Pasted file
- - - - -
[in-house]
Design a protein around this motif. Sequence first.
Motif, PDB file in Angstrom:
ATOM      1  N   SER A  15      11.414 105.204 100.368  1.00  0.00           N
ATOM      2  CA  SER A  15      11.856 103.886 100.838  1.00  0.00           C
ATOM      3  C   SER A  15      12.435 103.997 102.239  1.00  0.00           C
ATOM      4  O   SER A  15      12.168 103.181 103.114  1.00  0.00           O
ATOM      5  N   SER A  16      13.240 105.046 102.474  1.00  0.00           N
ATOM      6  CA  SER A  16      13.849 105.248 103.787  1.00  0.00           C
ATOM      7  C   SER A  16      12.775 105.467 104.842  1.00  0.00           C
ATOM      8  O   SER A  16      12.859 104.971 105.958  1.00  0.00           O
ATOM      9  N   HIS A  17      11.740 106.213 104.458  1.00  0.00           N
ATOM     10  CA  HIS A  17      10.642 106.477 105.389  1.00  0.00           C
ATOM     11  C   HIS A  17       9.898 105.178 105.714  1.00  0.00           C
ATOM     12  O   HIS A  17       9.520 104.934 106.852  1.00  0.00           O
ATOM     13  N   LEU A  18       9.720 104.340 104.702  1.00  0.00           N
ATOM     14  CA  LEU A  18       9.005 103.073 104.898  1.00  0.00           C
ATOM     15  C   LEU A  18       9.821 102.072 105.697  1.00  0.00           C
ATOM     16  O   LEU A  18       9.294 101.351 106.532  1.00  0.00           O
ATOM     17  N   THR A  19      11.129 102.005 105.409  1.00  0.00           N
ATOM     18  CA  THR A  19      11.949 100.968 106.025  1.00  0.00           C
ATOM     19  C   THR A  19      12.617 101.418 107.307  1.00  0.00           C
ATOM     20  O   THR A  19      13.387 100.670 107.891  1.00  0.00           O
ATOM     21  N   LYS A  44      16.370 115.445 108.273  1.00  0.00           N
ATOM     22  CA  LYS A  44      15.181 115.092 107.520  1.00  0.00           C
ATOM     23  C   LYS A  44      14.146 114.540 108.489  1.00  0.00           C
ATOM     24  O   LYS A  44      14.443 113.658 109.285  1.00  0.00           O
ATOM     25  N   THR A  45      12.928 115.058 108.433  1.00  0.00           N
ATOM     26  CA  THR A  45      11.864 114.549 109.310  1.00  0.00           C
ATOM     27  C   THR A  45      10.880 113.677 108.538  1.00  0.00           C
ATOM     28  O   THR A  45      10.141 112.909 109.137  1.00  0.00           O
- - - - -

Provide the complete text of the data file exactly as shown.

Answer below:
[in-house]
Design a protein around this motif. Sequence first.
Motif, PDB file in Angstrom:
ATOM      1  N   SER A  15      11.414 105.204 100.368  1.00  0.00           N
ATOM      2  CA  SER A  15      11.856 103.886 100.838  1.00  0.00           C
ATOM      3  C   SER A  15      12.435 103.997 102.239  1.00  0.00           C
ATOM      4  O   SER A  15      12.168 103.181 103.114  1.00  0.00           O
ATOM      5  N   SER A  16      13.240 105.046 102.474  1.00  0.00           N
ATOM      6  CA  SER A  16      13.849 105.248 103.787  1.00  0.00           C
ATOM      7  C   SER A  16      12.775 105.467 104.842  1.00  0.00           C
ATOM      8  O   SER A  16      12.859 104.971 105.958  1.00  0.00           O
ATOM      9  N   HIS A  17      11.740 106.213 104.458  1.00  0.00           N
ATOM     10  CA  HIS A  17      10.642 106.477 105.389  1.00  0.00           C
ATOM     11  C   HIS A  17       9.898 105.178 105.714  1.00  0.00           C
ATOM     12  O   HIS A  17       9.520 104.934 106.852  1.00  0.00           O
ATOM     13  N   LEU A  18       9.720 104.340 104.702  1.00  0.00           N
ATOM     14  CA  LEU A  18       9.005 103.073 104.898  1.00  0.00           C
ATOM     15  C   LEU A  18       9.821 102.072 105.697  1.00  0.00           C
ATOM     16  O   LEU A  18       9.294 101.351 106.532  1.00  0.00           O
ATOM     17  N   THR A  19      11.129 102.005 105.409  1.00  0.00           N
ATOM     18  CA  THR A  19      11.949 100.968 106.025  1.00  0.00           C
ATOM     19  C   THR A  19      12.617 101.418 107.307  1.00  0.00           C
ATOM     20  O   THR A  19      13.387 100.670 107.891  1.00  0.00           O
ATOM     21  N   LYS A  44      16.370 115.445 108.273  1.00  0.00           N
ATOM     22  CA  LYS A  44      15.181 115.092 107.520  1.00  0.00           C
ATOM     23  C   LYS A  44      14.146 114.540 108.489  1.00  0.00           C
ATOM     24  O   LYS A  44      14.443 113.658 109.285  1.00  0.00           O
ATOM     25  N   THR A  45      12.928 115.058 108.433  1.00  0.00           N
ATOM     26  CA  THR A  45      11.864 114.549 109.310  1.00  0.00           C
ATOM     27  C   THR A  45      10.880 113.677 108.538  1.00  0.00           C
ATOM     28  O   THR A  45      10.141 112.909 109.137  1.00  0.00           O